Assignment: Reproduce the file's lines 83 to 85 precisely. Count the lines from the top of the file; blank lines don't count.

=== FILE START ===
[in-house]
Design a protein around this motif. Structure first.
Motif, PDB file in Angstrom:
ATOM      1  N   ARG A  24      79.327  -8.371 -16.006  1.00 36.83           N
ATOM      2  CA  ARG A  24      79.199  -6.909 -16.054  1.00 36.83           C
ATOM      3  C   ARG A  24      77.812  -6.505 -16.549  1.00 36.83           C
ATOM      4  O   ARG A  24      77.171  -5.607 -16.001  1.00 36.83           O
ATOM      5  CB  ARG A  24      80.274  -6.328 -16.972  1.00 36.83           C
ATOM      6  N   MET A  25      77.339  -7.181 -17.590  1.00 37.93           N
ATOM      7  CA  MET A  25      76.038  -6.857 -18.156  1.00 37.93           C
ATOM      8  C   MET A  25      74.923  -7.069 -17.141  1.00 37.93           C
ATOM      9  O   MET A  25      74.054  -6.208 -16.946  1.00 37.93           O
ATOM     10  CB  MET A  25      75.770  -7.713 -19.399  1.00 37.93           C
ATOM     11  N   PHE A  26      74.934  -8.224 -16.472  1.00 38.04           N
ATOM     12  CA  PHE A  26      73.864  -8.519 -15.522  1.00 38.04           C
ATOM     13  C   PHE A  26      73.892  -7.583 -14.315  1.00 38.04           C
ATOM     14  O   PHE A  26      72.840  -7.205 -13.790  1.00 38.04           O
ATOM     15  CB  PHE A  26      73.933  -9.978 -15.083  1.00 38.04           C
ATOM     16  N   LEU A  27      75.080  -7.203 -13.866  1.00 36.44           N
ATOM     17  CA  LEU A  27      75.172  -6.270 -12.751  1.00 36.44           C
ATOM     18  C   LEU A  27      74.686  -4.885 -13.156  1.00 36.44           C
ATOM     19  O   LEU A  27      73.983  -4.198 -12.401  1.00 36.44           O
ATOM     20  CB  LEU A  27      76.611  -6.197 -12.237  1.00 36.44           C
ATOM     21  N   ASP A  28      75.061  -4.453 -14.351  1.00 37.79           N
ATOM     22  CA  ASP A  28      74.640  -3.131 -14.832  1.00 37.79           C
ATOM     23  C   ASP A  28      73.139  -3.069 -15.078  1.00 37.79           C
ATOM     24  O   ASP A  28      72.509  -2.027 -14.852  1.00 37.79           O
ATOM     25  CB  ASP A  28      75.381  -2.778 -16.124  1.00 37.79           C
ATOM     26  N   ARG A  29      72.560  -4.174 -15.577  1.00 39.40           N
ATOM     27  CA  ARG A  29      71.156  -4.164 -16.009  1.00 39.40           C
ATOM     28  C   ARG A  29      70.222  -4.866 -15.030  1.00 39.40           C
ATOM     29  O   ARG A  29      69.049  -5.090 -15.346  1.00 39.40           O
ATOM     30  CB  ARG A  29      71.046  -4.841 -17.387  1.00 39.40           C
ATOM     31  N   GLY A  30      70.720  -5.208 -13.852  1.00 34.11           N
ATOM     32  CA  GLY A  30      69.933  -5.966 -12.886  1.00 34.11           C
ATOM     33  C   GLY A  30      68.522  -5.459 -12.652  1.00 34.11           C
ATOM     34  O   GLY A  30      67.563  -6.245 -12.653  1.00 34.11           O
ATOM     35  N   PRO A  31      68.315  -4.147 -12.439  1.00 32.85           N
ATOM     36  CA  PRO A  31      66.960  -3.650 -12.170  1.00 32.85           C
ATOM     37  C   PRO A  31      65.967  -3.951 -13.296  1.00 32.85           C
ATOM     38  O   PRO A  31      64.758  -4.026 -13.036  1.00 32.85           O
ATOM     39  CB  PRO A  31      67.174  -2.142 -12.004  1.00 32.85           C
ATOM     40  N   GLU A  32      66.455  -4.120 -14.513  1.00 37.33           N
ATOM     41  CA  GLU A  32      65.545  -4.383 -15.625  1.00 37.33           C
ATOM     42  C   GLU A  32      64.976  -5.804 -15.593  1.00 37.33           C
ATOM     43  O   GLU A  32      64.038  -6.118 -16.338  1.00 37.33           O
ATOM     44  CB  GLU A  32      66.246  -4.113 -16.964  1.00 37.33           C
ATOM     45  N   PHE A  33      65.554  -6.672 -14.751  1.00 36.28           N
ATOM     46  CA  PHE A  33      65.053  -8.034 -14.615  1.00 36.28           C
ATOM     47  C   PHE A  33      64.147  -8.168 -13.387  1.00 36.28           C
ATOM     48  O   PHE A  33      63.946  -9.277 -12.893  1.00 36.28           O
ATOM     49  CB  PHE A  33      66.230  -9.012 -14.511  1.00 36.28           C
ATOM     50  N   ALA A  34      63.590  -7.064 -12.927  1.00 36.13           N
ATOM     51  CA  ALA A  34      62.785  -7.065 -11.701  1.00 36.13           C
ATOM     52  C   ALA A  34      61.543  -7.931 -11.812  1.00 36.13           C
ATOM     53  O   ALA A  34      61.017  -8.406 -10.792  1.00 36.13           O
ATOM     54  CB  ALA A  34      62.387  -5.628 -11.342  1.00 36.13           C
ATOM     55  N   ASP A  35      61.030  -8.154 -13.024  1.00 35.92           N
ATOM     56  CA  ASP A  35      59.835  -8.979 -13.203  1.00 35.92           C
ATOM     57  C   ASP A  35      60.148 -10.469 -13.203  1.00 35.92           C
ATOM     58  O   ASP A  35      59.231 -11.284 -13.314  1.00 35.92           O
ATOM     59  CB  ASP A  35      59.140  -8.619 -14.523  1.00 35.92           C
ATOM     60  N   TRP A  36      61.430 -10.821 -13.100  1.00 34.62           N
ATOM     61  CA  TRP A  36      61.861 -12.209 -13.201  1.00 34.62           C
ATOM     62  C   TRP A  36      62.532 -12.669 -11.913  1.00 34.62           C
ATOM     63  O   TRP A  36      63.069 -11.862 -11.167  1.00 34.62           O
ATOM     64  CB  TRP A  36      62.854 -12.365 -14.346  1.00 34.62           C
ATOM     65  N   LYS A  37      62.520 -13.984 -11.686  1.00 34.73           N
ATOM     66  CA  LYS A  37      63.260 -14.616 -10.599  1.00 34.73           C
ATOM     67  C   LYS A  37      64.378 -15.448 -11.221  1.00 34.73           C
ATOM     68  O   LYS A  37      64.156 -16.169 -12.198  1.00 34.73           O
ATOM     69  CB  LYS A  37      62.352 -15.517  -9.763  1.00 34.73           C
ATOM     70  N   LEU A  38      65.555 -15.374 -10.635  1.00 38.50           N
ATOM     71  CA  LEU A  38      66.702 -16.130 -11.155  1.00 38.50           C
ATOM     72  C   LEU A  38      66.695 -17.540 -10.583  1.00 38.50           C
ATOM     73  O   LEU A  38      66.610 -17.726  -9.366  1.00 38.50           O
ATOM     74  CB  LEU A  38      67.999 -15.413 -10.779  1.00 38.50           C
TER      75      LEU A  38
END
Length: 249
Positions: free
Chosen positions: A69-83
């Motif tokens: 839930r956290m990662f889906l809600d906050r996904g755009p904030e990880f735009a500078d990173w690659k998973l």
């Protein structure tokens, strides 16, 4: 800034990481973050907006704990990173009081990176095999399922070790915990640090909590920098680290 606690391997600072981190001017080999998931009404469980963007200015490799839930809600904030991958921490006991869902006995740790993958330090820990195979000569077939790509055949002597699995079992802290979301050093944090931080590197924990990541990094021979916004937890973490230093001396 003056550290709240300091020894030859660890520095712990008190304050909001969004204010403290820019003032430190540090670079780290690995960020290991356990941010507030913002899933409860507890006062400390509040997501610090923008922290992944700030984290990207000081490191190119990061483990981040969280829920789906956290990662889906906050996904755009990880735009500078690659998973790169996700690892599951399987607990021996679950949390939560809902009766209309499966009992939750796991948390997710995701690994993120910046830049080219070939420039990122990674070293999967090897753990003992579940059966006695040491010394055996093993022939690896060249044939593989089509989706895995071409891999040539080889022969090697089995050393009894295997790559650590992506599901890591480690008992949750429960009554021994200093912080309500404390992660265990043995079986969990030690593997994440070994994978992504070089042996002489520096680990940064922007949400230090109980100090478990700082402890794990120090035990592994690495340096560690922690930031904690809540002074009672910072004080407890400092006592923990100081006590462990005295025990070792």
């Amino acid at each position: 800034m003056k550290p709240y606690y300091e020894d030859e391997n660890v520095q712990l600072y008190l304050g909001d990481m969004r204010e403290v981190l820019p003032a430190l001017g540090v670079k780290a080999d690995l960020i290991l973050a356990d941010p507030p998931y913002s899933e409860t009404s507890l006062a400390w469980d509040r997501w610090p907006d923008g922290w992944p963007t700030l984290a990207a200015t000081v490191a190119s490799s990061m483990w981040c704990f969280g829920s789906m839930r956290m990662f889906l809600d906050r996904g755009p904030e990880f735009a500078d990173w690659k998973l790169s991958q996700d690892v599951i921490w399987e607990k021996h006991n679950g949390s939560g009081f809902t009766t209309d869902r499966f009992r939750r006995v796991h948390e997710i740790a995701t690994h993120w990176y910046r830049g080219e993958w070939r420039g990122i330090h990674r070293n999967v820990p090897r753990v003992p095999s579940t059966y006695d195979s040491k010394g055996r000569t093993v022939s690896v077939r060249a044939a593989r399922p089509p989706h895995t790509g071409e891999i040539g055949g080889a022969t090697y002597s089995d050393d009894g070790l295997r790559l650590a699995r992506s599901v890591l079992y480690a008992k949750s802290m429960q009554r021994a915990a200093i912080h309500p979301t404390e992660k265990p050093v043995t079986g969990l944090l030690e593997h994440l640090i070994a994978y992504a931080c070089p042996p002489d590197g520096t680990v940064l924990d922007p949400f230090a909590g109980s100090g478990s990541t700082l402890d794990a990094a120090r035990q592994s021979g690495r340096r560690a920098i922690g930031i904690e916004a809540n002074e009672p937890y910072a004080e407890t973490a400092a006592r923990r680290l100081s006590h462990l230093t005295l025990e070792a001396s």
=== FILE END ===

């Motif tokens: 839930r956290m990662f889906l809600d906050r996904g755009p904030e990880f735009a500078d990173w690659k998973l």
């Protein structure tokens, strides 16, 4: 800034990481973050907006704990990173009081990176095999399922070790915990640090909590920098680290 606690391997600072981190001017080999998931009404469980963007200015490799839930809600904030991958921490006991869902006995740790993958330090820990195979000569077939790509055949002597699995079992802290979301050093944090931080590197924990990541990094021979916004937890973490230093001396 003056550290709240300091020894030859660890520095712990008190304050909001969004204010403290820019003032430190540090670079780290690995960020290991356990941010507030913002899933409860507890006062400390509040997501610090923008922290992944700030984290990207000081490191190119990061483990981040969280829920789906956290990662889906906050996904755009990880735009500078690659998973790169996700690892599951399987607990021996679950949390939560809902009766209309499966009992939750796991948390997710995701690994993120910046830049080219070939420039990122990674070293999967090897753990003992579940059966006695040491010394055996093993022939690896060249044939593989089509989706895995071409891999040539080889022969090697089995050393009894295997790559650590992506599901890591480690008992949750429960009554021994200093912080309500404390992660265990043995079986969990030690593997994440070994994978992504070089042996002489520096680990940064922007949400230090109980100090478990700082402890794990120090035990592994690495340096560690922690930031904690809540002074009672910072004080407890400092006592923990100081006590462990005295025990070792």
């Amino acid at each position: 800034m003056k550290p709240y606690y300091e020894d030859e391997n660890v520095q712990l600072y008190l304050g909001d990481m969004r204010e403290v981190l820019p003032a430190l001017g540090v670079k780290a080999d690995l960020i290991l973050a356990d941010p507030p998931y913002s899933e409860t009404s507890l006062a400390w469980d509040r997501w610090p907006d923008g922290w992944p963007t700030l984290a990207a200015t000081v490191a190119s490799s990061m483990w981040c704990f969280g829920s789906m839930r956290m990662f889906l809600d906050r996904g755009p904030e990880f735009a500078d990173w690659k998973l790169s991958q996700d690892v599951i921490w399987e607990k021996h006991n679950g949390s939560g009081f809902t009766t209309d869902r499966f009992r939750r006995v796991h948390e997710i740790a995701t690994h993120w990176y910046r830049g080219e993958w070939r420039g990122i330090h990674r070293n999967v820990p090897r753990v003992p095999s579940t059966y006695d195979s040491k010394g055996r000569t093993v022939s690896v077939r060249a044939a593989r399922p089509p989706h895995t790509g071409e891999i040539g055949g080889a022969t090697y002597s089995d050393d009894g070790l295997r790559l650590a699995r992506s599901v890591l079992y480690a008992k949750s802290m429960q009554r021994a915990a200093i912080h309500p979301t404390e992660k265990p050093v043995t079986g969990l944090l030690e593997h994440l640090i070994a994978y992504a931080c070089p042996p002489d590197g520096t680990v940064l924990d922007p949400f230090a909590g109980s100090g478990s990541t700082l402890d794990a990094a120090r035990q592994s021979g690495r340096r560690a920098i922690g930031i904690e916004a809540n002074e009672p937890y910072a004080e407890t973490a400092a006592r923990r680290l100081s006590h462990l230093t005295l025990e070792a001396s």